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Gaming bill that would create Chicago casino may get another shot

Illinois State Capitol building

The Illinois State Capitol in Springfield. | Seth Perlman/Associated Press

SPRINGFIELD — Efforts to drastically expand gaming in Illinois — and create a Chicago casino — may get another chance after falling short of advancing in an Illinois House committee on Memorial Day.

With adjournment of the Illinois General Assembly just days away, the House Executive Committee on Monday voted 5-4, one vote shy of advancing the revived measure that has been in the works since last year.

But State Rep. Bob Rita, D-Blue Island, isn’t giving up on the measure and may call the gaming measure for a vote before adjournment, according to Ryan Keith, a spokesman for Rita. The legislation is listed on a committee scheduled for Tuesday morning, but may not be called then, Keith said.

Among other things, the measure would create six new casinos, including one in Chicago; expand existing riverboats; allow for increased winnings on video gaming; and allow for additional gambling, including slot machines, at horse racing tracks. Profits from a Chicago casino would go to police and fire pensions.

Tony Petrillo, general manager at Arlington International Racecourse, testified that horse tracks are “on the verge of extinction from fierce competition.” He said those who own horses are moving out of the state, as well.

Petrillo said the measure would reverse the decline of the industry and create 1,200 to 1,500 permanent jobs while bringing in at least another $100 million in annual tax revenue.

Others said the expansion would create saturation and “cannibalization” of the gaming industry. Tom Swoik, executive director of the Illinois Casino Gaming Association, said the state’s 10 casinos lost 28 percent of its annual customer base because of video gaming.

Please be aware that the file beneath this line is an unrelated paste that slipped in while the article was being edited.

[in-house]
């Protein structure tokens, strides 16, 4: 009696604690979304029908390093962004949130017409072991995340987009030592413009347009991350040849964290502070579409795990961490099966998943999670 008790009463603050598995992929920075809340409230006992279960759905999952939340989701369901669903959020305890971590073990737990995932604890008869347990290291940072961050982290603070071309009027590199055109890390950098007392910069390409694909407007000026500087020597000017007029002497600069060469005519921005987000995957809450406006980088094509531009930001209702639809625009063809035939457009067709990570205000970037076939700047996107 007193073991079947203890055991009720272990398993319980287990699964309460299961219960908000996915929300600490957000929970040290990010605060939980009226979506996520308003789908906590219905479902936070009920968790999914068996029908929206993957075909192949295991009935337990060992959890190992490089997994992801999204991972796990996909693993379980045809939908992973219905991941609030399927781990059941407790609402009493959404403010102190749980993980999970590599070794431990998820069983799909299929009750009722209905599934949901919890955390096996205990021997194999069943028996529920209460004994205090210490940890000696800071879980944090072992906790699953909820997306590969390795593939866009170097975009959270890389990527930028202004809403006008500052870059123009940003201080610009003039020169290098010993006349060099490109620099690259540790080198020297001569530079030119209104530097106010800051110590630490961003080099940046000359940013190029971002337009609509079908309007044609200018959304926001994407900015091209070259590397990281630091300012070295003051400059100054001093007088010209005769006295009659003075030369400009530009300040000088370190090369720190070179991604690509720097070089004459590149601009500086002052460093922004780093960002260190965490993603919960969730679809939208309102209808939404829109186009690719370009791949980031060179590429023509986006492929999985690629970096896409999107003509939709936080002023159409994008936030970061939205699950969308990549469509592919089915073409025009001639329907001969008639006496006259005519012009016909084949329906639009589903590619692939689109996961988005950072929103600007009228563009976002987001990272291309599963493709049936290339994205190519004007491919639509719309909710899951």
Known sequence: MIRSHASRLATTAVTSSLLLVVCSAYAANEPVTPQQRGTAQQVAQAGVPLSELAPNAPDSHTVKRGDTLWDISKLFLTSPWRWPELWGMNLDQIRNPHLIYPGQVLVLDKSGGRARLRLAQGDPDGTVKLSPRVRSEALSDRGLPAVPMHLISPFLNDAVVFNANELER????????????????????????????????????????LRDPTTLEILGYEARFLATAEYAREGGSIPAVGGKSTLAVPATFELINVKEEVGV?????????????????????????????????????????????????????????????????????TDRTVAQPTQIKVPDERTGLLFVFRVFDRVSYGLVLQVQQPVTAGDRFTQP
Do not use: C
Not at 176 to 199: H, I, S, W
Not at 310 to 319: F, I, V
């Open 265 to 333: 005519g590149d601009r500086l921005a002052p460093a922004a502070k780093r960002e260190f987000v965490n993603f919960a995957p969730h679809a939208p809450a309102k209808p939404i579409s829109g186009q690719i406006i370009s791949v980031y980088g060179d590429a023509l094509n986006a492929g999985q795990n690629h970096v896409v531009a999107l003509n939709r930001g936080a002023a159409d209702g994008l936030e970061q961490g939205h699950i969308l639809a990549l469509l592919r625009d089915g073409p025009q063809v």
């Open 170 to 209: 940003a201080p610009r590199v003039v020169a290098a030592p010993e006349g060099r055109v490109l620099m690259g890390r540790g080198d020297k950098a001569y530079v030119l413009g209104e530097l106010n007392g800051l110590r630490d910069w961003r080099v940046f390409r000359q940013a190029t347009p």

“These gamers didn’t disappear. They went to the 6,500 neighborhood locations with slots,” Swoik said.The new expansion would translate to 27 new casinos, he added.

But State Sen. Terry Link called opposition to the measure “disappointing” and said the expansion would create an economic boon for the state.

“It’s really disappointing on what I’m hearing today, and it’s coming across very clearly, ‘I got mine. I don’t want anybody else to have theirs,'” Link, D-Vernon Hills, said. “You have to remember one thing, of those of us who have gray hair in this room, all of this was illegal at one time in the state of Illinois. No one anticipated the casinos making the kind of money that they made from the beginning.”

Link called expansion a “win-win situation for everybody” — filling a budget hole without raising taxes.

“And those who have a little bit of a problem I just say one thing. Suck it up, because you’re going to still make money in this industry and you know you are,” Link said.

The measure didn’t address fantasy sports betting, internet gaming or sports betting. The U.S. Supreme Court recently lifted a federal ban on sports betting. But Rita said he expects to address those industries — and their regulations — in the future.